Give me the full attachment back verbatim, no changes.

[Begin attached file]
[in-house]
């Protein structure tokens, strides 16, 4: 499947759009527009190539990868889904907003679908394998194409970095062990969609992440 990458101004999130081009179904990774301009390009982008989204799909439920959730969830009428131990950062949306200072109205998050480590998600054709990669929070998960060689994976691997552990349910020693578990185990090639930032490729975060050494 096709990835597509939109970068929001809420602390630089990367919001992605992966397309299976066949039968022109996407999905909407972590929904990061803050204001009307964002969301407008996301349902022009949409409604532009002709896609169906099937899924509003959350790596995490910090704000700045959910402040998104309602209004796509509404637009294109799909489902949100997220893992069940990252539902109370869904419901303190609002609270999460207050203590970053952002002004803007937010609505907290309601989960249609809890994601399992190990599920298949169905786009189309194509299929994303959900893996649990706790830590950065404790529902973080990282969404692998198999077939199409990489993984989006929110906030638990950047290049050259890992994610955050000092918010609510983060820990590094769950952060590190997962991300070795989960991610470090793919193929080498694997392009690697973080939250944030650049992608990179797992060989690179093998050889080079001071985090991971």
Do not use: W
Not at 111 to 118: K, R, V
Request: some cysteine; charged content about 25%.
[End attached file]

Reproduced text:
[in-house]
């Protein structure tokens, strides 16, 4: 499947759009527009190539990868889904907003679908394998194409970095062990969609992440 990458101004999130081009179904990774301009390009982008989204799909439920959730969830009428131990950062949306200072109205998050480590998600054709990669929070998960060689994976691997552990349910020693578990185990090639930032490729975060050494 096709990835597509939109970068929001809420602390630089990367919001992605992966397309299976066949039968022109996407999905909407972590929904990061803050204001009307964002969301407008996301349902022009949409409604532009002709896609169906099937899924509003959350790596995490910090704000700045959910402040998104309602209004796509509404637009294109799909489902949100997220893992069940990252539902109370869904419901303190609002609270999460207050203590970053952002002004803007937010609505907290309601989960249609809890994601399992190990599920298949169905786009189309194509299929994303959900893996649990706790830590950065404790529902973080990282969404692998198999077939199409990489993984989006929110906030638990950047290049050259890992994610955050000092918010609510983060820990590094769950952060590190997962991300070795989960991610470090793919193929080498694997392009690697973080939250944030650049992608990179797992060989690179093998050889080079001071985090991971």
Do not use: W
Not at 111 to 118: K, R, V
Request: some cysteine; charged content about 25%.